Friday, July 13, 2007
This presentation is part of : Nursing Education Models
Assessment of student nurses in clinical practice
Bridie McCarthy, BNS, RNT, MSc, School of Nursing & Midwifery, University College Cork, Cork, Ireland and Siobhan Murphy, BSC, RNT, MSc, School of Nursing and Midwifery, University College Cork, Cork, Ireland.
Learning Objective #1: The inconsistencies encountered with assessing students in clinical practice
Learning Objective #2: The educational needs of nurses who assess students in clinical practice


In clinical education assessment of students in clinical practice is imperative in order to ensure that those who become registered nurses are safe and competent practitioners. Since the introduction of degree level nursing education to colleges of higher education in Ireland, more stringent forms of clinical assessment of students were required. Robust educational criteria were suggested by ABA (Irish Nursing Board) and were developed further by Lecturers and Health Service Providers within one Irish university. These clinical assessment strategies have now been in operation since 2002.


Concurrent with the introduction of these new assessment strategies, clinical practitioners (preceptor nurses) have been assigned with the responsibility of conducting clinical assessments. Preceptor nurses assess students as they progress through the different levels and stages of learning from year one to year four of the BSc undergraduate programme.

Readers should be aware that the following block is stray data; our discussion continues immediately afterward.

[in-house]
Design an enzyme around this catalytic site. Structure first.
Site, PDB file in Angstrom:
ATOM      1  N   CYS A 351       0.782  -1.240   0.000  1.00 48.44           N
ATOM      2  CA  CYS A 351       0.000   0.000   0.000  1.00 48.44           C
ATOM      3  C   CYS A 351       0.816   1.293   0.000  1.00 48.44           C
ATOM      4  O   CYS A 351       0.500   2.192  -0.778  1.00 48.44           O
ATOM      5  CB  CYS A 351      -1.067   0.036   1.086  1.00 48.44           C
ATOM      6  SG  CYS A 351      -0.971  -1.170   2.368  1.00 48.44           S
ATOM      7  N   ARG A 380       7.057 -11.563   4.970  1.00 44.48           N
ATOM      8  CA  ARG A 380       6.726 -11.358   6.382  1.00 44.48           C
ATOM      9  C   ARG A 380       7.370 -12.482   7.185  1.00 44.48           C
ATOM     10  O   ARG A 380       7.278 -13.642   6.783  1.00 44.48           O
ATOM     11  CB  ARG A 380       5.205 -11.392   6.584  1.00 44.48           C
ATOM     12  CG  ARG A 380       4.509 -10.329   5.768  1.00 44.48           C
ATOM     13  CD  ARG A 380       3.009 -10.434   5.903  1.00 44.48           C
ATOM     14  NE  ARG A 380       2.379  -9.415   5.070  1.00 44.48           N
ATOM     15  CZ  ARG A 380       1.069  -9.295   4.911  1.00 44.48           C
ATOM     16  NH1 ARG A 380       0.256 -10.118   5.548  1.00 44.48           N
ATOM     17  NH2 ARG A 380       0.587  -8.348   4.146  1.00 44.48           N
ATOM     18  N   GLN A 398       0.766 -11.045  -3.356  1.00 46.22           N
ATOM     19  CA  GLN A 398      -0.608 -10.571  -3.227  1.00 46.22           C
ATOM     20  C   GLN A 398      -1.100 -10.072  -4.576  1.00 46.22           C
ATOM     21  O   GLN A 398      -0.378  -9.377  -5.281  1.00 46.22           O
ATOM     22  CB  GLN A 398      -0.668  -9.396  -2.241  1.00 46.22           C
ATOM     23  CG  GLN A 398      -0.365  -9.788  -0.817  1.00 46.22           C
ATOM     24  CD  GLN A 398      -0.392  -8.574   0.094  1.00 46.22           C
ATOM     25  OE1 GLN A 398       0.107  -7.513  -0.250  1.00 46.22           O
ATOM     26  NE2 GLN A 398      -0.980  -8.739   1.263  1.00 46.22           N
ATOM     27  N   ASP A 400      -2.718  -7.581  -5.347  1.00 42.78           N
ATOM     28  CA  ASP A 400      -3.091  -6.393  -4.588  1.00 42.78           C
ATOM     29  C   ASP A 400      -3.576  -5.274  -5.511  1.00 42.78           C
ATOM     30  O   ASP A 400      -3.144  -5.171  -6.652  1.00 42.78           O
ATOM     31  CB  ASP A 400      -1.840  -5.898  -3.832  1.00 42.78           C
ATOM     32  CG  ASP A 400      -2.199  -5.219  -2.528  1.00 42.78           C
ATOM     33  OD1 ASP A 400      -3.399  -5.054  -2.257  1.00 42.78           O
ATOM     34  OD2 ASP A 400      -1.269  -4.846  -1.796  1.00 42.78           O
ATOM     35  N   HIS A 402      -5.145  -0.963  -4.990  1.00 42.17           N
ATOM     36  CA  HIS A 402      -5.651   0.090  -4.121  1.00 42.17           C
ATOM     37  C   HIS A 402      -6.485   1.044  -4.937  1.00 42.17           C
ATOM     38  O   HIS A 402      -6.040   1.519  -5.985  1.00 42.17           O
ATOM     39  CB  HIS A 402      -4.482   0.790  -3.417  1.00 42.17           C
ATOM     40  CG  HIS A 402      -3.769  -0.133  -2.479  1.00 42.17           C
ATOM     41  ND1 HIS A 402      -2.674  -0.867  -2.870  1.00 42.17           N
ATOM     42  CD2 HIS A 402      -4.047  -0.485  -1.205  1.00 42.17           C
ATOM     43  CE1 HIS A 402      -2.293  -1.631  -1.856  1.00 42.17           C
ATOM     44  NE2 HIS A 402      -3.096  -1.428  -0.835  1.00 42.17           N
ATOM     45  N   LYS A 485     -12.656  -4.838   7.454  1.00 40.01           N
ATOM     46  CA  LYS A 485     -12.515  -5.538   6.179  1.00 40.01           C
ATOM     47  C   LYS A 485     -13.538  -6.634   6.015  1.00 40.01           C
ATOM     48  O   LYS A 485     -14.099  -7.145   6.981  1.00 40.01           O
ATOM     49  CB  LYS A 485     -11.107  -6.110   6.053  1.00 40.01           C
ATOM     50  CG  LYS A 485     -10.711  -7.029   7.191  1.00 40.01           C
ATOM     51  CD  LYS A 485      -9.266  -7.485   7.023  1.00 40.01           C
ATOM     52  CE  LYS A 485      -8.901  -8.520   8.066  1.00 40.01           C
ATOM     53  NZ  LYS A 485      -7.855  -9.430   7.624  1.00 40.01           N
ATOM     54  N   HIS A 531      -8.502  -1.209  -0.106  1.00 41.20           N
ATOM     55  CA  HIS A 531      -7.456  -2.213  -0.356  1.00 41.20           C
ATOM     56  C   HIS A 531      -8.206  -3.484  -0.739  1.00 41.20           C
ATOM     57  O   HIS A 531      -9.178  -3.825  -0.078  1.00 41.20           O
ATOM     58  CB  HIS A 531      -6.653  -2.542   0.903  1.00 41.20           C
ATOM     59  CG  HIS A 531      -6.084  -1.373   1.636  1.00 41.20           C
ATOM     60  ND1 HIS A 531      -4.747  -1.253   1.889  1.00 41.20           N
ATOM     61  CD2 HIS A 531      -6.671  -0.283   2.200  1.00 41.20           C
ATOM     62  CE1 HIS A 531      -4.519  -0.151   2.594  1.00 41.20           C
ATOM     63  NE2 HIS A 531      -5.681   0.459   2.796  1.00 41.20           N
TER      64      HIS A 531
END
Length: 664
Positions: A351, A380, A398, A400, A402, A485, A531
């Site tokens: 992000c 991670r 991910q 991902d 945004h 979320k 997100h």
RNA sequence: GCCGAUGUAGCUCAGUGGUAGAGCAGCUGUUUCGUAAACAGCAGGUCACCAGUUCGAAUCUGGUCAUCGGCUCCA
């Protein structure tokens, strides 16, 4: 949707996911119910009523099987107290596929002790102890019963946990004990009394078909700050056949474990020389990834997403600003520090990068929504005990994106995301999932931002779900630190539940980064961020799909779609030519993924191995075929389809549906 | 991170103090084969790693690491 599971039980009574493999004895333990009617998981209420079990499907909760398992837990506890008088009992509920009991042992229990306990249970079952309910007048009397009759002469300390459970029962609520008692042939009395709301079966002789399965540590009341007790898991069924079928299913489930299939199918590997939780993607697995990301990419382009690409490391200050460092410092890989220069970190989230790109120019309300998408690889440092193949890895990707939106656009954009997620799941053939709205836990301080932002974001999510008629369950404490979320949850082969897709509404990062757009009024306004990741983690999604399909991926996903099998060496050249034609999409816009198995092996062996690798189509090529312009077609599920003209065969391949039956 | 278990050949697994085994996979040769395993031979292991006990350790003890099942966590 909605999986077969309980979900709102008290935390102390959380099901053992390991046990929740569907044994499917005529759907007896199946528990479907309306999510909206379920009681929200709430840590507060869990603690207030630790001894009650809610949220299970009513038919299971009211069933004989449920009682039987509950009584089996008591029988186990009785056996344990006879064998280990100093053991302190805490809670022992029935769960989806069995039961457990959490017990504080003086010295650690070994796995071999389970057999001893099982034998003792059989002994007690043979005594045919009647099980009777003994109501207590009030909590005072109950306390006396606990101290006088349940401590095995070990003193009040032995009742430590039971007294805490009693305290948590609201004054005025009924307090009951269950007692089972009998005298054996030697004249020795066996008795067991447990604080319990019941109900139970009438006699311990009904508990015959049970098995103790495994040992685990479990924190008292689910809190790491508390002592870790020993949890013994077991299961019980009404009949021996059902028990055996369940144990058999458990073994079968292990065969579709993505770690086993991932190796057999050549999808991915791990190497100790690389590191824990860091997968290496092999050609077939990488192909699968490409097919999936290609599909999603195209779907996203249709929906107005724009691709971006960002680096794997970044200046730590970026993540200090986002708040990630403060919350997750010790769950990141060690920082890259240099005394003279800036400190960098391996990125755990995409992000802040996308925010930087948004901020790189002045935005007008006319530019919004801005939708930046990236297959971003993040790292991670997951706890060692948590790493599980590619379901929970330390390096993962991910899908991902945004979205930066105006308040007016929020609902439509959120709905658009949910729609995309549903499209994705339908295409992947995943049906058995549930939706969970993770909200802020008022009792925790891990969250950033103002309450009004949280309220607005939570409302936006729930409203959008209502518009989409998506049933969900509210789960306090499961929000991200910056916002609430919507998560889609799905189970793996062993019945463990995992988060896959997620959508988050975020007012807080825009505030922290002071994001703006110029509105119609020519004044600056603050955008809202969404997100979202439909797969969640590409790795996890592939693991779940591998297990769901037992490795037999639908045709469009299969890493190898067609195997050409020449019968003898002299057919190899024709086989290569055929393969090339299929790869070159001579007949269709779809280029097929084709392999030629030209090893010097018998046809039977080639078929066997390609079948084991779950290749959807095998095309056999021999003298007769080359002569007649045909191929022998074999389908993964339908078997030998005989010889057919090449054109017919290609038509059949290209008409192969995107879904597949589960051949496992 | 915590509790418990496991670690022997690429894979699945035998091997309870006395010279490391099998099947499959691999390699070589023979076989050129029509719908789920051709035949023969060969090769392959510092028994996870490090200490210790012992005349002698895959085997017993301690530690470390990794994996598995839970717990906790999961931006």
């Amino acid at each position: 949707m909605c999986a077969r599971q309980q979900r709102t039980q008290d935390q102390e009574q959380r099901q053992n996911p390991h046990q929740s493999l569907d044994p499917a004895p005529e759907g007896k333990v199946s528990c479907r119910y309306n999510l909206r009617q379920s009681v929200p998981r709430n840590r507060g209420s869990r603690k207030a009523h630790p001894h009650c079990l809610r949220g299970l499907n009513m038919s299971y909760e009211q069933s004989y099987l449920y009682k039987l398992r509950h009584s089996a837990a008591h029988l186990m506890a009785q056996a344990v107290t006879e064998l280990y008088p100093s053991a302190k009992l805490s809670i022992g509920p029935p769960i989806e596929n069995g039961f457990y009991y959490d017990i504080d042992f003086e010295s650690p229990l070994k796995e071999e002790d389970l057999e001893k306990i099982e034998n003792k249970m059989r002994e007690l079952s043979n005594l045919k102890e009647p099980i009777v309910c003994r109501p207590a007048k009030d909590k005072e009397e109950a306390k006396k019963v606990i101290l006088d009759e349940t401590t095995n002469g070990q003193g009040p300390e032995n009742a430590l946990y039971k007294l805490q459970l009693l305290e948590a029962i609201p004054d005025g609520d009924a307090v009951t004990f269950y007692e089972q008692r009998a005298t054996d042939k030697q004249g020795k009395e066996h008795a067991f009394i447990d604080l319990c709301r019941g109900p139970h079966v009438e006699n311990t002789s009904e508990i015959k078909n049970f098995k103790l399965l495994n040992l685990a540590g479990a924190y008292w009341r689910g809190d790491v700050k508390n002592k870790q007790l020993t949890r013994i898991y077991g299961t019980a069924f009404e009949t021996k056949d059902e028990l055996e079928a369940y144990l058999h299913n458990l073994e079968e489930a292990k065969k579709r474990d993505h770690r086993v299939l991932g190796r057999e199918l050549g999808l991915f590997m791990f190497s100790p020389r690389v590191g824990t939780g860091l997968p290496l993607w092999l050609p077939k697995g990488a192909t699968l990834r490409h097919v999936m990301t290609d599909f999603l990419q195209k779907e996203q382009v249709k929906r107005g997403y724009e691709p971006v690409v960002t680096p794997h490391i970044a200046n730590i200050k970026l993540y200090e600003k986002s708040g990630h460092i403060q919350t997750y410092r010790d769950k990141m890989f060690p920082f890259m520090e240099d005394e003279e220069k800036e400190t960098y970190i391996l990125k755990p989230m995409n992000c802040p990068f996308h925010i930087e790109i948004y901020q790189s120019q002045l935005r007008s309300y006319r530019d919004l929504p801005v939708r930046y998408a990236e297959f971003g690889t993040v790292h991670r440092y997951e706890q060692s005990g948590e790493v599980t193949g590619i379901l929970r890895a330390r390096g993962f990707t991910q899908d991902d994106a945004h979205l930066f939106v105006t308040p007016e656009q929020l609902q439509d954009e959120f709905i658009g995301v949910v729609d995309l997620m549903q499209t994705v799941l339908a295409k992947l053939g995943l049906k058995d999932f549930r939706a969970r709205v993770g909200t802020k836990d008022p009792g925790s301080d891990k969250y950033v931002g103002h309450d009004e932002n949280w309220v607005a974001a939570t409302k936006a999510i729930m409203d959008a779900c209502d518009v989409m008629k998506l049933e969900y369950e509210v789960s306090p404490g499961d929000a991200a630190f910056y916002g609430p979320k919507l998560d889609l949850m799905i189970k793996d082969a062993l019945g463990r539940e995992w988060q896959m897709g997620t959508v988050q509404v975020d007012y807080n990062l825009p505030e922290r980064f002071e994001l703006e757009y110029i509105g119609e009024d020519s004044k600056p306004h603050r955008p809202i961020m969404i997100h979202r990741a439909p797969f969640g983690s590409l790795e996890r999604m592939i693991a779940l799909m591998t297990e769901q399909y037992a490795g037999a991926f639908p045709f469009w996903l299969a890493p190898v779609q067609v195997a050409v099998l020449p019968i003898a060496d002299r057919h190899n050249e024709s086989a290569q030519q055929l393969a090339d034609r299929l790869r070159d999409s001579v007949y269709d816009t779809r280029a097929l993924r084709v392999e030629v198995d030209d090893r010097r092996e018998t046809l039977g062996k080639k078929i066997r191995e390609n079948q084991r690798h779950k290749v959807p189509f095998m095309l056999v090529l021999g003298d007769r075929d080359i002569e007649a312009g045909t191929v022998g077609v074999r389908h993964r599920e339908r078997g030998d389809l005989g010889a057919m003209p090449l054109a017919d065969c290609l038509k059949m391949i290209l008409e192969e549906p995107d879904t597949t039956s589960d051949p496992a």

Aim The aim of this study was to describe the extent to which preceptor nurses use educational assessment criteria to assess the clinical performance of BSc undergraduate general, psychiatric and intellectual disability nursing students.  


Using a quantitative descriptive approach a 24-item questionnaire was developed, 970 questionnaires were distributed to preceptors working with BSc undergraduate students. From a response rate of 48.5%, preceptor nurses use of educational assessment criteria was determined.  Data was analysed using SPSS (Version,13.0)

  Findings The findings of this study indicated that the majority of preceptors are inexperienced, do not fully comprehend the assessment process, and are not applying all of the recommended assessment strategies when assessing students. A large number of preceptors continued to focus on student’s practical skills rather than focussing on the holistic care of patients as outlined in the assessment strategies. This study highlighted that preparation of preceptors is inadequate given the complexity of the clinical assessment tools used.